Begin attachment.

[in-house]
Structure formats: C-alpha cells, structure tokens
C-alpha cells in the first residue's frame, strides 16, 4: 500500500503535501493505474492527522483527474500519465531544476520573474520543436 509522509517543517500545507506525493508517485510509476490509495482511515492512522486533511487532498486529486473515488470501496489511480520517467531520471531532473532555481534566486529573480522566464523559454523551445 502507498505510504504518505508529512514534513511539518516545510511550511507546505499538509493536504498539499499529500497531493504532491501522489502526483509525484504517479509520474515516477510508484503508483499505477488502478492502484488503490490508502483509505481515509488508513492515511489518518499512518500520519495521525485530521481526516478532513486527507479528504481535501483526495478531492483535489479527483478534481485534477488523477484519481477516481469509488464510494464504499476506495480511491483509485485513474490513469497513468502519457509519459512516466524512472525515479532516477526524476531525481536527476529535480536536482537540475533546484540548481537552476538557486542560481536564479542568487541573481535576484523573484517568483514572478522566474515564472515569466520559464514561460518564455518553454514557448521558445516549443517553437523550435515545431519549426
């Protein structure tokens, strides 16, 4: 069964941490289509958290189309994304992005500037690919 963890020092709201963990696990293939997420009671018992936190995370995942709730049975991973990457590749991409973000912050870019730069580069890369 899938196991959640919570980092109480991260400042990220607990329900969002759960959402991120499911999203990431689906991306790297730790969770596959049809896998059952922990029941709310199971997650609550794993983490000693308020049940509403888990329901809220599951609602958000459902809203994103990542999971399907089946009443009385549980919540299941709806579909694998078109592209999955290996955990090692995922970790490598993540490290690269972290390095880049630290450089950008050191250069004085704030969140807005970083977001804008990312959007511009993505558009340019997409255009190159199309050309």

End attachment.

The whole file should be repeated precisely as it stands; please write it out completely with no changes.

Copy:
[in-house]
Structure formats: C-alpha cells, structure tokens
C-alpha cells in the first residue's frame, strides 16, 4: 500500500503535501493505474492527522483527474500519465531544476520573474520543436 509522509517543517500545507506525493508517485510509476490509495482511515492512522486533511487532498486529486473515488470501496489511480520517467531520471531532473532555481534566486529573480522566464523559454523551445 502507498505510504504518505508529512514534513511539518516545510511550511507546505499538509493536504498539499499529500497531493504532491501522489502526483509525484504517479509520474515516477510508484503508483499505477488502478492502484488503490490508502483509505481515509488508513492515511489518518499512518500520519495521525485530521481526516478532513486527507479528504481535501483526495478531492483535489479527483478534481485534477488523477484519481477516481469509488464510494464504499476506495480511491483509485485513474490513469497513468502519457509519459512516466524512472525515479532516477526524476531525481536527476529535480536536482537540475533546484540548481537552476538557486542560481536564479542568487541573481535576484523573484517568483514572478522566474515564472515569466520559464514561460518564455518553454514557448521558445516549443517553437523550435515545431519549426
């Protein structure tokens, strides 16, 4: 069964941490289509958290189309994304992005500037690919 963890020092709201963990696990293939997420009671018992936190995370995942709730049975991973990457590749991409973000912050870019730069580069890369 899938196991959640919570980092109480991260400042990220607990329900969002759960959402991120499911999203990431689906991306790297730790969770596959049809896998059952922990029941709310199971997650609550794993983490000693308020049940509403888990329901809220599951609602958000459902809203994103990542999971399907089946009443009385549980919540299941709806579909694998078109592209999955290996955990090692995922970790490598993540490290690269972290390095880049630290450089950008050191250069004085704030969140807005970083977001804008990312959007511009993505558009340019997409255009190159199309050309």